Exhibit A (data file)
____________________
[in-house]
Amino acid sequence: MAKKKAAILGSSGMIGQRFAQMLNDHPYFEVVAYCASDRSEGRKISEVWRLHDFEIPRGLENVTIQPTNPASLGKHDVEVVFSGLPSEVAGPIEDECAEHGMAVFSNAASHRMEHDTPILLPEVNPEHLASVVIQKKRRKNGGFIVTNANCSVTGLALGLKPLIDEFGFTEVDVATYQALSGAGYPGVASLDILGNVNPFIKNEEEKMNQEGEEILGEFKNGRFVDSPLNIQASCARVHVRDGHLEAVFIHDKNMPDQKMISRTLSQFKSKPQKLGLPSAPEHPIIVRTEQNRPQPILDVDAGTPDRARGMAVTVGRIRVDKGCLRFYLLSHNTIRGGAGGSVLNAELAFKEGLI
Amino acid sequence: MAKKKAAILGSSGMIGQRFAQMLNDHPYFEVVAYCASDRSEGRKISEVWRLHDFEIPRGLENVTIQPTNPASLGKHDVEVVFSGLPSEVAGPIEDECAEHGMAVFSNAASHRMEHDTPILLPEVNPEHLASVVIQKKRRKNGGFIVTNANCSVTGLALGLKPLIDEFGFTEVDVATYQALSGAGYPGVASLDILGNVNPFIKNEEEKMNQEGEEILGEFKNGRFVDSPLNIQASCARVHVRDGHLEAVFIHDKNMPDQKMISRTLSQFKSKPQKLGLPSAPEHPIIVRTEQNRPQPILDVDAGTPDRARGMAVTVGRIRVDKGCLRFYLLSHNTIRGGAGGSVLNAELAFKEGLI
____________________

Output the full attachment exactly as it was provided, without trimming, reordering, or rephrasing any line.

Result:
[in-house]
Amino acid sequence: MAKKKAAILGSSGMIGQRFAQMLNDHPYFEVVAYCASDRSEGRKISEVWRLHDFEIPRGLENVTIQPTNPASLGKHDVEVVFSGLPSEVAGPIEDECAEHGMAVFSNAASHRMEHDTPILLPEVNPEHLASVVIQKKRRKNGGFIVTNANCSVTGLALGLKPLIDEFGFTEVDVATYQALSGAGYPGVASLDILGNVNPFIKNEEEKMNQEGEEILGEFKNGRFVDSPLNIQASCARVHVRDGHLEAVFIHDKNMPDQKMISRTLSQFKSKPQKLGLPSAPEHPIIVRTEQNRPQPILDVDAGTPDRARGMAVTVGRIRVDKGCLRFYLLSHNTIRGGAGGSVLNAELAFKEGLI
Amino acid sequence: MAKKKAAILGSSGMIGQRFAQMLNDHPYFEVVAYCASDRSEGRKISEVWRLHDFEIPRGLENVTIQPTNPASLGKHDVEVVFSGLPSEVAGPIEDECAEHGMAVFSNAASHRMEHDTPILLPEVNPEHLASVVIQKKRRKNGGFIVTNANCSVTGLALGLKPLIDEFGFTEVDVATYQALSGAGYPGVASLDILGNVNPFIKNEEEKMNQEGEEILGEFKNGRFVDSPLNIQASCARVHVRDGHLEAVFIHDKNMPDQKMISRTLSQFKSKPQKLGLPSAPEHPIIVRTEQNRPQPILDVDAGTPDRARGMAVTVGRIRVDKGCLRFYLLSHNTIRGGAGGSVLNAELAFKEGLI